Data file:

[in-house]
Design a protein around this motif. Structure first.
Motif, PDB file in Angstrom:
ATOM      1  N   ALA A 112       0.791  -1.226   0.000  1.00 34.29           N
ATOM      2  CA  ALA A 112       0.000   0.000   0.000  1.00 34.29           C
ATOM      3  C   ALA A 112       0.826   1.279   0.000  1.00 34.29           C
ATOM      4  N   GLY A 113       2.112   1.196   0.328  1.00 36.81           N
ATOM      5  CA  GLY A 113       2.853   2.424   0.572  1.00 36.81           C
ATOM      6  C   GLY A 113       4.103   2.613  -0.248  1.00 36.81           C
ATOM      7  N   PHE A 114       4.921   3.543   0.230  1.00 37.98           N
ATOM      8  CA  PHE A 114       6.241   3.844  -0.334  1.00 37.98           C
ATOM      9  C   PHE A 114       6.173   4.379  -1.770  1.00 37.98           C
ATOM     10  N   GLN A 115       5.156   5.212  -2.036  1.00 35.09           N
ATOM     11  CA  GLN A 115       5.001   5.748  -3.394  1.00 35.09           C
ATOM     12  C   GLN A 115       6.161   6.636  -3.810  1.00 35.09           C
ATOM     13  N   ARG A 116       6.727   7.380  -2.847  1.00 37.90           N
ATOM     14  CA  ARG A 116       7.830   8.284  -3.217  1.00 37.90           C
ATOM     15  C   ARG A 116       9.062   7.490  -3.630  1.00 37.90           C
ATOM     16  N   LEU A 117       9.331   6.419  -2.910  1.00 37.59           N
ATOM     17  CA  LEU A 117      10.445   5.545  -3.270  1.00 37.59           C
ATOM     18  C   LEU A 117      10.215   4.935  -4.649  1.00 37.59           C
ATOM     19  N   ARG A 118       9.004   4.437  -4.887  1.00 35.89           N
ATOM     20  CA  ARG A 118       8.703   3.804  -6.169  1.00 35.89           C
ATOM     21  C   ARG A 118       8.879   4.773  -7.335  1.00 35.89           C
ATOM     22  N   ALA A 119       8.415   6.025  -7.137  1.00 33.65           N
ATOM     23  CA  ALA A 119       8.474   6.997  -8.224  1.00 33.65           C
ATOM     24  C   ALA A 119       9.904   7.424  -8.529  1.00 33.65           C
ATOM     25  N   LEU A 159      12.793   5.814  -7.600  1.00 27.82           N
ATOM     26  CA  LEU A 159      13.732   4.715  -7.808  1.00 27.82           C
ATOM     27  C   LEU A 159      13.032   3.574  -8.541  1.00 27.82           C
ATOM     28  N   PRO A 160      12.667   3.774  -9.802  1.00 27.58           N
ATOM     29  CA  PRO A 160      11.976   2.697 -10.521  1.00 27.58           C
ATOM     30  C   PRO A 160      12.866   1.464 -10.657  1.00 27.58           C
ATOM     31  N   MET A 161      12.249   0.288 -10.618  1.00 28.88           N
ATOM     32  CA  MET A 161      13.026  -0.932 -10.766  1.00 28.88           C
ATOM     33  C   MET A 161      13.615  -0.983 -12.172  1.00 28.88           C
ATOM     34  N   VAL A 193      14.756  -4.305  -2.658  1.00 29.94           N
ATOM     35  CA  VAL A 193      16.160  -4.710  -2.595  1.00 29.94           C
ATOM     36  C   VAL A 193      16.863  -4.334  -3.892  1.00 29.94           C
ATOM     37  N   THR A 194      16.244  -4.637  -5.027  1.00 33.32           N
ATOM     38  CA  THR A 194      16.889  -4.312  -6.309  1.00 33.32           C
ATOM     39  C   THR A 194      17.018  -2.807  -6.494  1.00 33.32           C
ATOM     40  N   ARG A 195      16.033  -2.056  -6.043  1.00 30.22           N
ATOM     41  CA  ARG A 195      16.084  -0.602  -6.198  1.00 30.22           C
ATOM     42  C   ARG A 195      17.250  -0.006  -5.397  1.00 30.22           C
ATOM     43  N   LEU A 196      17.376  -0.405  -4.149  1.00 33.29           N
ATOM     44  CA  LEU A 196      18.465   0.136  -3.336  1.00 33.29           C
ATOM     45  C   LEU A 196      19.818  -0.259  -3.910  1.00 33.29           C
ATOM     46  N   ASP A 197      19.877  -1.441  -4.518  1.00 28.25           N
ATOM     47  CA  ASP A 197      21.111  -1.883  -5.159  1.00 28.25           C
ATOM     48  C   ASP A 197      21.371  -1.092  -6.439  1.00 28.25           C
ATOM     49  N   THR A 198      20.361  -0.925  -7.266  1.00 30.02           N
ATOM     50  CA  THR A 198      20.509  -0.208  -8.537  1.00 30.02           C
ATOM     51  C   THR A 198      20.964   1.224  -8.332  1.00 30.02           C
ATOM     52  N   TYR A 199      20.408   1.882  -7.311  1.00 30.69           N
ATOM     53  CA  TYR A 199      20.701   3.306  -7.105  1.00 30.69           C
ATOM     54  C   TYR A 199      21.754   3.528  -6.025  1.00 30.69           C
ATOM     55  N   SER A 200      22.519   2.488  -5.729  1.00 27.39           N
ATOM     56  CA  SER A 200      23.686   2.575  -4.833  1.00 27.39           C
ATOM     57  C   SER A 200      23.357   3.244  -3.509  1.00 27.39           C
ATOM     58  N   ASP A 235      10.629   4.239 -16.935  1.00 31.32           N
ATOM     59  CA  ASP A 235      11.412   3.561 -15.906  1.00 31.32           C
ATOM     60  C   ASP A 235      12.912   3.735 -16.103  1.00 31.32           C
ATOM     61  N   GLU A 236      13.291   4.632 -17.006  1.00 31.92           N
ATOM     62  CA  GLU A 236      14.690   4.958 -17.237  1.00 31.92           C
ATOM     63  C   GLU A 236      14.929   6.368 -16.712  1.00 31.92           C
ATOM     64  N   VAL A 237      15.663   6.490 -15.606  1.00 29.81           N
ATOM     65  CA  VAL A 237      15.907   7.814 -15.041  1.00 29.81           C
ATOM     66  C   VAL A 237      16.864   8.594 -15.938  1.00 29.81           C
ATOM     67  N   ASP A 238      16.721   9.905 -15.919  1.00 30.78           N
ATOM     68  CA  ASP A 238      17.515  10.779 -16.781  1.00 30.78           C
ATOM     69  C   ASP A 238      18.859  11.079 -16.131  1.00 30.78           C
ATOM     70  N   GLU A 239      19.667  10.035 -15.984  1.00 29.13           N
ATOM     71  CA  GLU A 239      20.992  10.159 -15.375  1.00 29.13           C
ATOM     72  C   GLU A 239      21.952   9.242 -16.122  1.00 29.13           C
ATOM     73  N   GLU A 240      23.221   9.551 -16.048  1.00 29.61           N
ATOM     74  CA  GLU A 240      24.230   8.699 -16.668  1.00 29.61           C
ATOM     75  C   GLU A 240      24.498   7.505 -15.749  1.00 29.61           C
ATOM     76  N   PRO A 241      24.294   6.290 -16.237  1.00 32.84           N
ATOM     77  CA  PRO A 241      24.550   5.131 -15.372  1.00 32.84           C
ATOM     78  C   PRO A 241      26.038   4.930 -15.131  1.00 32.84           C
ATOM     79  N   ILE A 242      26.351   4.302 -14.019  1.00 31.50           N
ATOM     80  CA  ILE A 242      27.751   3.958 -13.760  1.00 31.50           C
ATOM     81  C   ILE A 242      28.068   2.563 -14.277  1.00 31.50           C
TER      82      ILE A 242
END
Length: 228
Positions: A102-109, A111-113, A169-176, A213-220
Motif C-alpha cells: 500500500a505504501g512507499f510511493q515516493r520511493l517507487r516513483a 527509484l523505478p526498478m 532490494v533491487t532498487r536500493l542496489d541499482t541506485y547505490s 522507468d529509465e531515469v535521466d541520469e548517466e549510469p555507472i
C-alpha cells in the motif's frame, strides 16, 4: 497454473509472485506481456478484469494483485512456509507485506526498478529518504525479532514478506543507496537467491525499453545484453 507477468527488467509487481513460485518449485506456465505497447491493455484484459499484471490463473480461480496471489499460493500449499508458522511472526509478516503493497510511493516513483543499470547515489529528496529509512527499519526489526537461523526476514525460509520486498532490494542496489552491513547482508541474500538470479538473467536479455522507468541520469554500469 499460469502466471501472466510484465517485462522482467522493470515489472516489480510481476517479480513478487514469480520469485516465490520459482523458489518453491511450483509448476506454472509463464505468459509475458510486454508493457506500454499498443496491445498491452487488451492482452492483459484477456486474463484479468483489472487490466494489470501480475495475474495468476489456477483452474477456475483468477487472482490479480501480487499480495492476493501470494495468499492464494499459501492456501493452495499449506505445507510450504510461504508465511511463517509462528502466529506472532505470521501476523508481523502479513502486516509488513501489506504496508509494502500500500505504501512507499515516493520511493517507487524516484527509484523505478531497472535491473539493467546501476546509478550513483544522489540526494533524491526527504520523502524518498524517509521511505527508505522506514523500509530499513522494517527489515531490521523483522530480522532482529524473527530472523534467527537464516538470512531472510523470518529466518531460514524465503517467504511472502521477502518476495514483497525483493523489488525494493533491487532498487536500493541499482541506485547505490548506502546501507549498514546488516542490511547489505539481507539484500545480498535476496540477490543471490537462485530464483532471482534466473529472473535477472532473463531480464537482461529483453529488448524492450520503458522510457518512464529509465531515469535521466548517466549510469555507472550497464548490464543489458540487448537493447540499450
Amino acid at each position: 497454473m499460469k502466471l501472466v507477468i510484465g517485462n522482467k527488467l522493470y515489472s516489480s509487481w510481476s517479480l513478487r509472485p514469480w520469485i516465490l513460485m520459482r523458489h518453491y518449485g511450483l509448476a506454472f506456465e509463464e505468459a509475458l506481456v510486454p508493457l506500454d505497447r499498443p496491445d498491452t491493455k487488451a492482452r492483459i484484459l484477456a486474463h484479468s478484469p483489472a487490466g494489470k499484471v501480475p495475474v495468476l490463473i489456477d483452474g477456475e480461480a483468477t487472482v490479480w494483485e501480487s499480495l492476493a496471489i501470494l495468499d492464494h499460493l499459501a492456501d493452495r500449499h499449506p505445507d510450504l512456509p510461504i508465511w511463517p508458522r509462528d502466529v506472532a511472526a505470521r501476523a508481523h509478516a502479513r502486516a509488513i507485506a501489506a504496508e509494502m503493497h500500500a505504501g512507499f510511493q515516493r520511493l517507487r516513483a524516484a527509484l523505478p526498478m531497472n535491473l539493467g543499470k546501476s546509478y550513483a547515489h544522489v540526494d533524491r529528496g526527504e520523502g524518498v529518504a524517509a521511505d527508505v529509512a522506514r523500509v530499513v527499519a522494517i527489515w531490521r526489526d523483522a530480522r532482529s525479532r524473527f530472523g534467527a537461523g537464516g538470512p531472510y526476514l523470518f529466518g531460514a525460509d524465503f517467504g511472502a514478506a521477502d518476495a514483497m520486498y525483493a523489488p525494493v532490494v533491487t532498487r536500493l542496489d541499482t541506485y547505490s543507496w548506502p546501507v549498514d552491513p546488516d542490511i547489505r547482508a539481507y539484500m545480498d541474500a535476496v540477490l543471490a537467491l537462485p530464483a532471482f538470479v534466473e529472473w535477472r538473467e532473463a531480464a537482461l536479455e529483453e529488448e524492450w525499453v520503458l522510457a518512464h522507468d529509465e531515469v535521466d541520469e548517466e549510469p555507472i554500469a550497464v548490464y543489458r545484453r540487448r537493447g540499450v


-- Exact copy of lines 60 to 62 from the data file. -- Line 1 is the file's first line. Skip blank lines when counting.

ATOM     57  C   SER A 200      23.357   3.244  -3.509  1.00 27.39           C
ATOM     58  N   ASP A 235      10.629   4.239 -16.935  1.00 31.32           N
ATOM     59  CA  ASP A 235      11.412   3.561 -15.906  1.00 31.32           C